Same crap as with the blanket eavesdropping - US law protecting individuals somehow does not apply when foreigners are involved. Good thing for them they are not a tinpot country somewhere, because no one would put up with that crap from a tinpot country.
I rather like Netflix's approach that things will fail and you need to recover gracefully. Most IT professionals will agree with that. But Netflix goes one step further and actively develops systems that get the carpet pulled from under them, in the form of randomly failing components. Call it productive paranoia.
A lot of IT pros could learn from that. And, in terms of security, a lot of IT could learn from the same approach, tweaked to trigger failure on unusual/excessive access.
"What, the same IP is now downloading 1MB of confidential data/minute, for the last 3 hours, whatever for?"
"Hmmm, why am I seeing a 'select * from credit_card_table' with no customer_id specified?"
Far as Netflix's programming goes, it suffices amply to keep my brain sedated on the boob tube. The key is not to expect to find something you want on Netflix. Chances are it won't have it. Rather it works if you are content with the occasional gem* that you find on it. For less than a quarter of the price of basic cable TV, I am quite happy with it. Not least because I find cable TV a ripoff and general TV programming dumb as a bag of nails.
* N. has lots of really good BBC content in Canada that you wouldn't find anywhere else.
bloke never met a tax he did not like
say 25m phones/yr assuming 2 yr cycles
But not if you pay TV tax already, say 50%
Say 3x 25 x .5 => £37.5m/yr
Questions to Mr Hollande: how much will it cost in civil servants to admin this tax?
How much IT & biz overhead to collect it?
Yay, I can see where your poll ratings come from... Les edentes te saluent.
Judge in Pakistan orders defamatory articles about Pakistani politicians and/or military taken off search.
Really, why should the world care about French court judgments more than say Pakistani ones? This is just as obnoxious as US extra territorial meddlings.
Not half a bad idea, if it delivers
Hey, I like food and can cook fairly well. French origins. And believe deeply in watching one's diet.
But sometimes you can't be bothered to cook, nor do you want to eat greasy unbalanced fast food. Just wanna pass by the pump.
If, and that's a big if, Soylent (takes cojones to use that name) delivers on healthy, why not fuel up with their goop from time to time?
Am also a big believer in food contrast. If you eat lobster all the time, what's special about lobster? Eat simple most of the time, splurge as much as you can. This stuff sounds like it would even make a wonderbread & velveeta sandwich seem foodie.
Re: Dear reader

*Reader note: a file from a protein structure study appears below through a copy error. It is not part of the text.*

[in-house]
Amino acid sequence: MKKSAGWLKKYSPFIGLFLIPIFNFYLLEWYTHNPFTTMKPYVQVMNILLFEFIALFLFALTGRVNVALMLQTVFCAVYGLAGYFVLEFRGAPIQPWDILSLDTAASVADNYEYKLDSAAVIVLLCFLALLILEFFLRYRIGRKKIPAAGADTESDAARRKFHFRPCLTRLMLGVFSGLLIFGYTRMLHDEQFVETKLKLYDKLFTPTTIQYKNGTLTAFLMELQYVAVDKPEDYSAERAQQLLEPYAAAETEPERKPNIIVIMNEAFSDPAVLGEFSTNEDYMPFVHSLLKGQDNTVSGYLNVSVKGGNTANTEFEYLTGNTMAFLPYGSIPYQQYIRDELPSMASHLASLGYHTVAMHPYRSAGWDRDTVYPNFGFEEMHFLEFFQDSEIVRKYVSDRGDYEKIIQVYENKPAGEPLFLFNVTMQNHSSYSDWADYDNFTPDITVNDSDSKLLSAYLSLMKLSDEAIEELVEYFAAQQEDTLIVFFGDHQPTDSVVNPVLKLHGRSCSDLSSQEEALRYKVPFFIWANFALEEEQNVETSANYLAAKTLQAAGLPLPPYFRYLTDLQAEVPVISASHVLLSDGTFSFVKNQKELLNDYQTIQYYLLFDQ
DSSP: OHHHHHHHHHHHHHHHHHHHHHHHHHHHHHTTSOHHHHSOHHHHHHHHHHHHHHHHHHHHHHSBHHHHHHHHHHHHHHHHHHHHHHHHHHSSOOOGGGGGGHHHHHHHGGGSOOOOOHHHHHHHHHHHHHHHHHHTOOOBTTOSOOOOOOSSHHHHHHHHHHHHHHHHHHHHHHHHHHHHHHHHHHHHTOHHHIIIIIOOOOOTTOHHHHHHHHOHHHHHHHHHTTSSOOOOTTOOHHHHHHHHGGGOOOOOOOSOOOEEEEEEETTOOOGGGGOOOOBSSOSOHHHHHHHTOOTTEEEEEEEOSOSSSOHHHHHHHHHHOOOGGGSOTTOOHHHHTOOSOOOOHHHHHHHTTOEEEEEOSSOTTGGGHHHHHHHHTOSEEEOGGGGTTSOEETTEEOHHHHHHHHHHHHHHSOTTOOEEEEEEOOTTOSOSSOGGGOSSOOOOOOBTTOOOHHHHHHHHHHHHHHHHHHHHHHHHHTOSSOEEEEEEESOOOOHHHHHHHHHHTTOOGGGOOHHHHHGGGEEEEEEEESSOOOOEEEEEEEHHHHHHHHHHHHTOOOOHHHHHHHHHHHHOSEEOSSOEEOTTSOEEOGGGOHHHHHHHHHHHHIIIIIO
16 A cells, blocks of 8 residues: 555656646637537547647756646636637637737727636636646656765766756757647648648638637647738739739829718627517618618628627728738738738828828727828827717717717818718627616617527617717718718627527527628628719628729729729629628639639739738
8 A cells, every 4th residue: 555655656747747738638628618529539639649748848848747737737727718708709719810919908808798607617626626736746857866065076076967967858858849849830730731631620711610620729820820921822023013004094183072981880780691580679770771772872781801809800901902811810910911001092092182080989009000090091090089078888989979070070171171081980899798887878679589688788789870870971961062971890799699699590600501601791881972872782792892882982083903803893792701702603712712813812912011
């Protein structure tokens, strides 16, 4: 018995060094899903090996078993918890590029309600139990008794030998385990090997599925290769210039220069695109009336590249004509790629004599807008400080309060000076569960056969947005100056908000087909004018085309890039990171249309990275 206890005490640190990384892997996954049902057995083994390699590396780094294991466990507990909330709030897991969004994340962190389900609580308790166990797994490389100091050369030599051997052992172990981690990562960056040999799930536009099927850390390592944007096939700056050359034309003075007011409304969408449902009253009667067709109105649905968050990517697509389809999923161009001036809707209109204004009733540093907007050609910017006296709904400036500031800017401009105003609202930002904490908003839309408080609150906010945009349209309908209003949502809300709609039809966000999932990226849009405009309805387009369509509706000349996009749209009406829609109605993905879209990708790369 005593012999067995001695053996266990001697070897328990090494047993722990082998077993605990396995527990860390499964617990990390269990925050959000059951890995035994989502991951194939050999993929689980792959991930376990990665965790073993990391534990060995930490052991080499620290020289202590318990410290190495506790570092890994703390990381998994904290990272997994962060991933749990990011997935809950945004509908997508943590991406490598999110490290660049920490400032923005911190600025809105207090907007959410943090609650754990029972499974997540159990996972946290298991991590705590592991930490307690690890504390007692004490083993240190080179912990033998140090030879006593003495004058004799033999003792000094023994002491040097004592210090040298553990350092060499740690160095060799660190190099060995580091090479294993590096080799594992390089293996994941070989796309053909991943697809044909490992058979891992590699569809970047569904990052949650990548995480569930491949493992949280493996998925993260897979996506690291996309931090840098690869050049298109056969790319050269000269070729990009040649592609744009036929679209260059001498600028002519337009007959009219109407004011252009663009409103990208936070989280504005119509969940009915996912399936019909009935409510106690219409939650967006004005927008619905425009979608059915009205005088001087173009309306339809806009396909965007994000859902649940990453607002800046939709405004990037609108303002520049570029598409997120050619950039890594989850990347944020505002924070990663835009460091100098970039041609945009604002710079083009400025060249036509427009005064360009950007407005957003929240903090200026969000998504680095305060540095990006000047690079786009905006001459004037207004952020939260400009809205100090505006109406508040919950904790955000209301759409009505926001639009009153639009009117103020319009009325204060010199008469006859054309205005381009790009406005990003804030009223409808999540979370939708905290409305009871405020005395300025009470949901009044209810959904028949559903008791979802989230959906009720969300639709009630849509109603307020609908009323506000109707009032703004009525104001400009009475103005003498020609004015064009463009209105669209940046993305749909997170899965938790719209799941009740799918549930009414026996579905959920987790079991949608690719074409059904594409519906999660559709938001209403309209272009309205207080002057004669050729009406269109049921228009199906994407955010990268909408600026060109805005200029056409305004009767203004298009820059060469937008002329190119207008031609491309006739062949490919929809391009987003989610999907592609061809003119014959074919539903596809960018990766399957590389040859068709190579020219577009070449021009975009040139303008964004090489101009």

I agree with Tim, the solutions will have to come from increased research and tech, best delivered by self-interest. On the other hand, a gradually increasing carbon tax is an excellent way to discourage emissions, as long as it is not just a tax grab.
Companies don't really care about oil. They care about profits. If they can sell you the energy you need in another form, they will. So what if some corporate dinosaurs don't adapt? Let them go out of business. And on the consumption side, companies will be happy to minimize their energy costs and well-run ones have accountants to point out energy saving potentials.
Was at a climate march 10 days or so ago. So, so hippy. Discouraging to see how many attendants seem sure that sticking it to the man or hugs will automatically save the day. Really risky to let that bunch drive the agenda but they are admittedly more aware of the problem.
Let's not forget assisting poor countries through the transition. Coal burnt in India is just as bad as coal burnt in near Berlin and limiting population growth is also a big way to limit emissions.
Re: The problem with this article...
What are the comparative scales? How many of our 80m/day barrels of oil go into non-burn use? I think you'll find it a small fraction. Long term, it's actually an incentive to preserve oil by not burning it. Coal? Likely even less non-burn usage.
Second, let's take plastic. It might pollute the oceans and all that, but as long as it is not burnt, the carbon remains locked and out of the atmosphere.
Re: Even if James Comey got everything he ever wanted ..
IIRC France classified unauthorized use of encryption as deserving of same penalties as unauthorized military-grade firearms, well into early 90s.
Warrants already exist to compel decryption. Apply the damn laws, stop inventing reasons why the state needs unfettered access all the time.
France, and the US, have both had cases where spy services started spying on opposition politicians. That's the scary risk to democracy, rogue spies serving incumbents and what's to prevent it without judicial oversight?